The Three (un)Wise Men, Episode 5
Mark made sure El Jefe and I had all of our belongings packed before we went to bed. We’d be catching the Paper Taxi by 6AM, and he didn’t want us to be late. Mark made a call to confirm the reservation, and we were set to go. All that was left to do now was walk down to the fried chicken place and grab a late snack before heading to bed. (Warning: If you want fried chicken in Jerusalem in a timely fashion, do not call in your order ahead of time. The only thing that assures on-time chicken is if you are a regular customer and a taxi driver. This was evident as we watched literally dozens of men walk in, order, and receive their meals before ours was prepared.)
Waking up on time for the taxi was not an issue, having an excellent alarm clock in the form of the PA system used for the Islamic call to prayer. We grabbed our bags, headed out into the still-dark city, and waited by the curb for our ride. Not having any idea what a Paper Taxi looks like, I assumed that any vehicle coming our way could be it. The Paper Taxi, is not a car created out of Mache, but simply the van used to courier a newspaper, printed in Jerusalem, up to its distribution point in Nazareth. While we could have taken a bus or hired a shiroot (whether it be Shen’s or not), the Paper Taxi was certainly the cheapest route.
The driver arrived right on time, pulled up to the curb and opened the rear doors of the van to place our bags inside. He had a massive space to choose from since his cargo consisted of only one bundle of newspapers placed in the middle of the floor. I looked at that bundle and questioned the worth of driving a van 100 miles through the desert to deliver one bundle of papers; however, I kept that judgment to myself.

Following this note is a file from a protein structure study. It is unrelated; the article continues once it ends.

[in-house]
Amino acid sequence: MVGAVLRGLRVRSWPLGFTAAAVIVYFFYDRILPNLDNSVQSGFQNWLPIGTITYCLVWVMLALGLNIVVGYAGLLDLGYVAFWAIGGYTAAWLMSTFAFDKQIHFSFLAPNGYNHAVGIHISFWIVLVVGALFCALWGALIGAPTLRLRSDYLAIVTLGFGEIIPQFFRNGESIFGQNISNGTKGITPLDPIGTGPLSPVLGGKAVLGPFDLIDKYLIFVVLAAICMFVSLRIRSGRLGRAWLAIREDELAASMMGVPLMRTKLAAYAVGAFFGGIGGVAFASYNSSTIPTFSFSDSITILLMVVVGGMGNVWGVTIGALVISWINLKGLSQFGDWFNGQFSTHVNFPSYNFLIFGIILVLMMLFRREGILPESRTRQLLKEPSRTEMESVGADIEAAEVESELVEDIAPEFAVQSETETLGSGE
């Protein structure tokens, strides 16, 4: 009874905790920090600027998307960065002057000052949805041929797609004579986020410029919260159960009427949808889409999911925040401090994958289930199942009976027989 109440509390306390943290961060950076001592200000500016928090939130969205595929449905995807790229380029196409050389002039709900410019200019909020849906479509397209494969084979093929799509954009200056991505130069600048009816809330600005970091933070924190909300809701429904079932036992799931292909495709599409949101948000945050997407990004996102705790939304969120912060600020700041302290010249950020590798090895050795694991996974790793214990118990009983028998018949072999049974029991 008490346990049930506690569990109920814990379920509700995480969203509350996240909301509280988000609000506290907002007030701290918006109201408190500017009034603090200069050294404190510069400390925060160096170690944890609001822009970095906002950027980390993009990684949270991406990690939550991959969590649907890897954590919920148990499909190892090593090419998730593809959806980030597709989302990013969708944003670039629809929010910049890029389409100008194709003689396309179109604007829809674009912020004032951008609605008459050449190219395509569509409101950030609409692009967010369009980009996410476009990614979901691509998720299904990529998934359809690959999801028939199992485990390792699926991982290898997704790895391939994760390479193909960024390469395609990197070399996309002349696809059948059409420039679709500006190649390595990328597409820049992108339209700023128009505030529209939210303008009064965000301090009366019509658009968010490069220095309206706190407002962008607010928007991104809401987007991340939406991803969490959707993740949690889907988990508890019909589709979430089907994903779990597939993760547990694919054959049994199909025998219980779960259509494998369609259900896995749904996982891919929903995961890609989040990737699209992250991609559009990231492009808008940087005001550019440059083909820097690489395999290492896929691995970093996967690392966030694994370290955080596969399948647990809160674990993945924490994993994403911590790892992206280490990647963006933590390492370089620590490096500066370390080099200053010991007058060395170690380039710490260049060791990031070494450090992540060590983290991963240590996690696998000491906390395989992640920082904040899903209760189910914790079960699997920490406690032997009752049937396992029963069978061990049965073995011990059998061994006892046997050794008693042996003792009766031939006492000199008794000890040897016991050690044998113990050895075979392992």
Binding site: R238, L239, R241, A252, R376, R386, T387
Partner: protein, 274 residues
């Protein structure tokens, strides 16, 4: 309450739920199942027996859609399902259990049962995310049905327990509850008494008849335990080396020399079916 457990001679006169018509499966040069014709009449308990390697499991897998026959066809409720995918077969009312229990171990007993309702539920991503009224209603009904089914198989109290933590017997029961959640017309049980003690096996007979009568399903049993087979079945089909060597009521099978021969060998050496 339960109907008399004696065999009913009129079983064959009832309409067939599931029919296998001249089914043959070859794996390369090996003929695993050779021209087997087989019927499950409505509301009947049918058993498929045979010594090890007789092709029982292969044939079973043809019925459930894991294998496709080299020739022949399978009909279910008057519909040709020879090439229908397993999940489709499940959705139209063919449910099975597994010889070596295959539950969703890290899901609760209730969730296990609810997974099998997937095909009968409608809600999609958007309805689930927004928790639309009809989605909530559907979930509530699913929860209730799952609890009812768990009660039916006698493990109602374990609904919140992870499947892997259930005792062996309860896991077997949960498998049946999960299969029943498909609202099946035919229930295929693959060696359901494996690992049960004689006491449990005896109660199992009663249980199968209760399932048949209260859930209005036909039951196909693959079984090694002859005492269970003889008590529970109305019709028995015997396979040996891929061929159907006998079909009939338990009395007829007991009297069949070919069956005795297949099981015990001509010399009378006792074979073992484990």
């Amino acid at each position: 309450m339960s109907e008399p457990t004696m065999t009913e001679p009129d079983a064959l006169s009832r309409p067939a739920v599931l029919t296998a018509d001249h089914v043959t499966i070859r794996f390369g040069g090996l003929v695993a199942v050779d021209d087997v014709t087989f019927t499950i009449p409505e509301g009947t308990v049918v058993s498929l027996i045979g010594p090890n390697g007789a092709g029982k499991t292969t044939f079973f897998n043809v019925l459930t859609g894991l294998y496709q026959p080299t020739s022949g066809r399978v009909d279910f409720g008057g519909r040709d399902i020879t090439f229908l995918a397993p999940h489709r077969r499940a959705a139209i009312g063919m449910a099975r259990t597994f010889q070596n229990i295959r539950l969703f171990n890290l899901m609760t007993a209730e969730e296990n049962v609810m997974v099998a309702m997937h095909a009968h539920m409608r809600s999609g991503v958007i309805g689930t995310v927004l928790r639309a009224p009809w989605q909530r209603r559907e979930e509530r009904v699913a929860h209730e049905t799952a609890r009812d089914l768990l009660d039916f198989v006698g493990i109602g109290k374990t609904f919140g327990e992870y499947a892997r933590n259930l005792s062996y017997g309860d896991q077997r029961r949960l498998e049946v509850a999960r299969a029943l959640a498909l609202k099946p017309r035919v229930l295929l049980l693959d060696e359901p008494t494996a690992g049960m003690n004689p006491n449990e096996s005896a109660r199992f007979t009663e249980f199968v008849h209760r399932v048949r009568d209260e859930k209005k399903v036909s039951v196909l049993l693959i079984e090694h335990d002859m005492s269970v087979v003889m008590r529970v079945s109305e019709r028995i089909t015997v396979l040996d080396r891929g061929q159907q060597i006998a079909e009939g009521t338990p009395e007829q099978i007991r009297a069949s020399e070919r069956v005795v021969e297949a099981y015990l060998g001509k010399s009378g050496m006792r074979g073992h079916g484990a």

We climbed into the van and headed over the hill, through a rolling checkpoint that marked our entrance into the West Bank. We descended through sweeping turns meandering through rock formations, past tent-villages of nomads, and toward the Jordan River/Jordanian border. The highway eventually led us through the desert lowlands, unsuitable for any sort of agriculture except for the occasional oasis of deep green palms or the orderly rows of irrigated banana groves.
Eventually reaching Nazareth, we set out to find the flat where Mark’s wife, Andrea, would be meeting us. Our bags in tow, we climbed the wide, modern streets that were setup in a sort of switchback pattern; the slope was far too steep for a normal street grid. Almost at the top of the hill was the flat and, thankfully, Andrea. We left our luggage there and trudged back down the hill, over one block, then back up the hill to take in the fascinating Nazareth Village: a relatively new interactive museum/archaeological site/historical recreation center based on life in the first century AD. Out of breath and with the late morning sun beating down on my head, I looked to the west and saw the flat from which we just came, only a couple of hundred yards away. That’s the strange thing about Nazareth—you can’t get anywhere without first going back down the hill you’re on, down the main street, then back up the same hill you just came down. It is very frustrating.
I confronted Mark about this idiocy, and he asked a local why there are no cross-slope streets. The answer: the streets are based on old donkey paths. This immediately led to more questions on my part, namely: are donkeys fond of climbing hills, or are they just allergic to logic? Also, when paving these paths, did no man ever decide to question the donkeys’ judgment? Did they consider them some sort of long-eared deity? For one reason or another Mark refused to ask the local any more of my questions, so I was forced to come to my own conclusions.